The Making of an Artist

Crawford grew up in the culturally rich city of New Orleans. As a young girl she recalls always having a paintbrush in hand and enrolling in every art class available. She loved visiting art galleries with her mother. “It was a neat place to grow up and to see art everywhere,” she recalled, evoking the colorful vibrancy of the street artists’ works.

Crawford has been a decorative painter for 20 years, working on wall textures, murals and ceilings. Today, she and a partner work on projects more likely to involve “Frenching-up furniture pieces.”
In a natural extension, Crawford progressed into abstract art paintings using acrylics and mixed media about 10 years ago. “Mixed media involves using different materials on the canvas like oil pastels or even objects from outside; pieces of glass or cut-up tissue paper, for example,” she explained. Primarily, she creates paintings using acrylics and oil pastel crayons.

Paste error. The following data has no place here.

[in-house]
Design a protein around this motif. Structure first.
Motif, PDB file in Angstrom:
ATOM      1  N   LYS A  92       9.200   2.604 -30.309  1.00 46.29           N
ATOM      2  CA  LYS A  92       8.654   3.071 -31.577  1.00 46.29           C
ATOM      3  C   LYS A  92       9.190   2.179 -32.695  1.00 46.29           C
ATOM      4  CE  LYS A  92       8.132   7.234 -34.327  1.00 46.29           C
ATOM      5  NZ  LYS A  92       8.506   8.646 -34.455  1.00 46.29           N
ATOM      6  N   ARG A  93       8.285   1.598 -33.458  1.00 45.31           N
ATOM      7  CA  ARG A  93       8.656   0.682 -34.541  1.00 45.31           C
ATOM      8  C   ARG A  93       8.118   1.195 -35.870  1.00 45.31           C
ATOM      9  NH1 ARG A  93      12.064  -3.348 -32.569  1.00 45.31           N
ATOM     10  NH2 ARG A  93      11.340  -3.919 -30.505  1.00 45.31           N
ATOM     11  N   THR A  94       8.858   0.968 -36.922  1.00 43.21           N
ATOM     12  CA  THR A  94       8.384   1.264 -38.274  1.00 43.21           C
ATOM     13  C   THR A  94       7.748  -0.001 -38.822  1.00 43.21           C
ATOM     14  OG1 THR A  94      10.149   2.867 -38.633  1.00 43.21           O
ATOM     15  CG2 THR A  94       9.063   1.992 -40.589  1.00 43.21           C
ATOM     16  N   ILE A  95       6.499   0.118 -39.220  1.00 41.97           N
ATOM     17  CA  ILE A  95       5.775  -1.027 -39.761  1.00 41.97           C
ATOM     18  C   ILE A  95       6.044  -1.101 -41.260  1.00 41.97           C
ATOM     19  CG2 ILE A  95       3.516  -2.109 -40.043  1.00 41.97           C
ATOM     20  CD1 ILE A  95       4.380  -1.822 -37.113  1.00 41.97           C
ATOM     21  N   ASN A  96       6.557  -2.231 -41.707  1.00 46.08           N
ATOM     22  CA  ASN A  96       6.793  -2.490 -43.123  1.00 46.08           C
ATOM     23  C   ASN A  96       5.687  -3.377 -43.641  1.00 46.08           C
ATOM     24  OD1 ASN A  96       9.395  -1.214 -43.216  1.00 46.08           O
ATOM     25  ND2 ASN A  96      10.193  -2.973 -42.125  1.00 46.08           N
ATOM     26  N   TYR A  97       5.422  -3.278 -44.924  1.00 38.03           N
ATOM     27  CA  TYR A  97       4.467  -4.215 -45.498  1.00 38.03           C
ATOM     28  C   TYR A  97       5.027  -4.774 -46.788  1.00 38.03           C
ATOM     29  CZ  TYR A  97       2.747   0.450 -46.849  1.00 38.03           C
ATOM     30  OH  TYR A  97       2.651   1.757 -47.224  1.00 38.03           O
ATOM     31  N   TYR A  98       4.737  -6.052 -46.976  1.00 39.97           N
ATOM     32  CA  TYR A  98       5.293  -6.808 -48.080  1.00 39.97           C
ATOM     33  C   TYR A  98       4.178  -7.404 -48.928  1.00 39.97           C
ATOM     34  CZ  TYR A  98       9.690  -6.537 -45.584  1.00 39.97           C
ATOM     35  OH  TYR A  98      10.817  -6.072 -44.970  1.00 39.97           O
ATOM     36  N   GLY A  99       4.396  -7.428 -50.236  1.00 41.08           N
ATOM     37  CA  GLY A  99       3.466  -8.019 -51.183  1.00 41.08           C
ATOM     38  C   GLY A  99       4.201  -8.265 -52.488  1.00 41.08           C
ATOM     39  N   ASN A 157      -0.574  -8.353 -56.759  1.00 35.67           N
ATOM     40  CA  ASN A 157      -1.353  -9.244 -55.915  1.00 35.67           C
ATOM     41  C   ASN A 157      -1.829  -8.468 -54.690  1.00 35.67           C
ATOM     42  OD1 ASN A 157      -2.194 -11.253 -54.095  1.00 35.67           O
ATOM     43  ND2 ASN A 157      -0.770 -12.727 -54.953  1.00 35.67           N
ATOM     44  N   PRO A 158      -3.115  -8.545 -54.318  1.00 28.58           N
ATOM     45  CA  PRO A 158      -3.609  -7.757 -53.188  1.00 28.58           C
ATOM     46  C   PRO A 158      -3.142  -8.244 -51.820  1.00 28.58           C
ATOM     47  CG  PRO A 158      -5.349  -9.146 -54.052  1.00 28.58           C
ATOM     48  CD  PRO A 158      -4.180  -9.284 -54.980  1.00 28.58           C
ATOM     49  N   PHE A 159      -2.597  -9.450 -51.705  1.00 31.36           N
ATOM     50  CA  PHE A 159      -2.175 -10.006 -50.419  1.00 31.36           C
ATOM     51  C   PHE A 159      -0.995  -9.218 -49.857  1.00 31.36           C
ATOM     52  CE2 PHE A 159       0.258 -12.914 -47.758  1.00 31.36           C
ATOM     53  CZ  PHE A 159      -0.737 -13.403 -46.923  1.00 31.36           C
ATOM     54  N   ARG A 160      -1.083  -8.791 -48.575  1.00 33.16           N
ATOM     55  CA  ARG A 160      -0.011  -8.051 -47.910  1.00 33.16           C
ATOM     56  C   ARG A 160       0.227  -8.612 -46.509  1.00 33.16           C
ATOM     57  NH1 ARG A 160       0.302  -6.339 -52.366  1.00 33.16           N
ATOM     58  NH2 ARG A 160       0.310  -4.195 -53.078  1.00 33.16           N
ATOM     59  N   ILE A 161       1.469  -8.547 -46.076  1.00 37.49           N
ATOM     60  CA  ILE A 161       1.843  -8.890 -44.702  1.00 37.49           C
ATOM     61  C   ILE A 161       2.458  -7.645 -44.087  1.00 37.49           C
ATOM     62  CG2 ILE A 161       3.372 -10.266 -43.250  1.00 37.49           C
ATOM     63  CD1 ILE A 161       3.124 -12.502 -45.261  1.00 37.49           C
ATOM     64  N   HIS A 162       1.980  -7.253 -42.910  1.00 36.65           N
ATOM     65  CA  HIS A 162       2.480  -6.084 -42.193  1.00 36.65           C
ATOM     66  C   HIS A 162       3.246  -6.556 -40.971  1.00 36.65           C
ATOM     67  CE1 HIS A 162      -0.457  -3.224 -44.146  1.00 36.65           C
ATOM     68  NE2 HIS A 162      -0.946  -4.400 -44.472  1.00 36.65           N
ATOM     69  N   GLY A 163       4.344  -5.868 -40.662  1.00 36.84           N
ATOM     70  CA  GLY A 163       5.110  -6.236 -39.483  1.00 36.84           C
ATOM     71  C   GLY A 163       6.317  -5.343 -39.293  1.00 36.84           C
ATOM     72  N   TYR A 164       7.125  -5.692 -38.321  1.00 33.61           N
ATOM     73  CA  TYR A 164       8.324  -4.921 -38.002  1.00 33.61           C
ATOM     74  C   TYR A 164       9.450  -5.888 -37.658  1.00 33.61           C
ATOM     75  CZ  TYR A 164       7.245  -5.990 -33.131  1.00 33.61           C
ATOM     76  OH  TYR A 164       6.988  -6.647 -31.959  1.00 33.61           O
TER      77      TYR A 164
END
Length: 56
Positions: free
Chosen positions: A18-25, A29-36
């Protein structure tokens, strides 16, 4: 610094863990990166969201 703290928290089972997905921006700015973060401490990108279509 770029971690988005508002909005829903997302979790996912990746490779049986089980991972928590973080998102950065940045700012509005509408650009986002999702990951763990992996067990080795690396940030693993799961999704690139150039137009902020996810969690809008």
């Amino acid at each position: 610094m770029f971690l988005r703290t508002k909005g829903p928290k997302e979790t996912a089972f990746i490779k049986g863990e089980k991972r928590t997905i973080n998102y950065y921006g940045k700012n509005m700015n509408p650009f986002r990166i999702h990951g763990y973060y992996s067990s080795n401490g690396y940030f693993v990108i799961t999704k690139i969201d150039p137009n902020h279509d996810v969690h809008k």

Crawford enjoys the thrill of challenging herself beyond her comfort zone. Recently, she’s been painting with oils, working on landscapes and impressionist style paintings.

“It’s been beneficial later in my career to train under some regional painters as mentors. Teresa Gerard is an abstract painter I love to work with. I see her about twice a year. Weekly, I meet with James Richards in his studio in Tucker, doing oils,” Crawford said.

She loves the ability to blend oils, finding the vibrancy and tone of the colors fun to work with. Since starting to do more landscape work, Crawford finds that oils allow her more time.

“It’s been great to expand a little bit. Oils are a whole different world,” she said. “They allow me to have more time to play on the canvas, to accomplish what I want. You want your eyes to be drawn to it from a distance. Oils help to accomplish it.”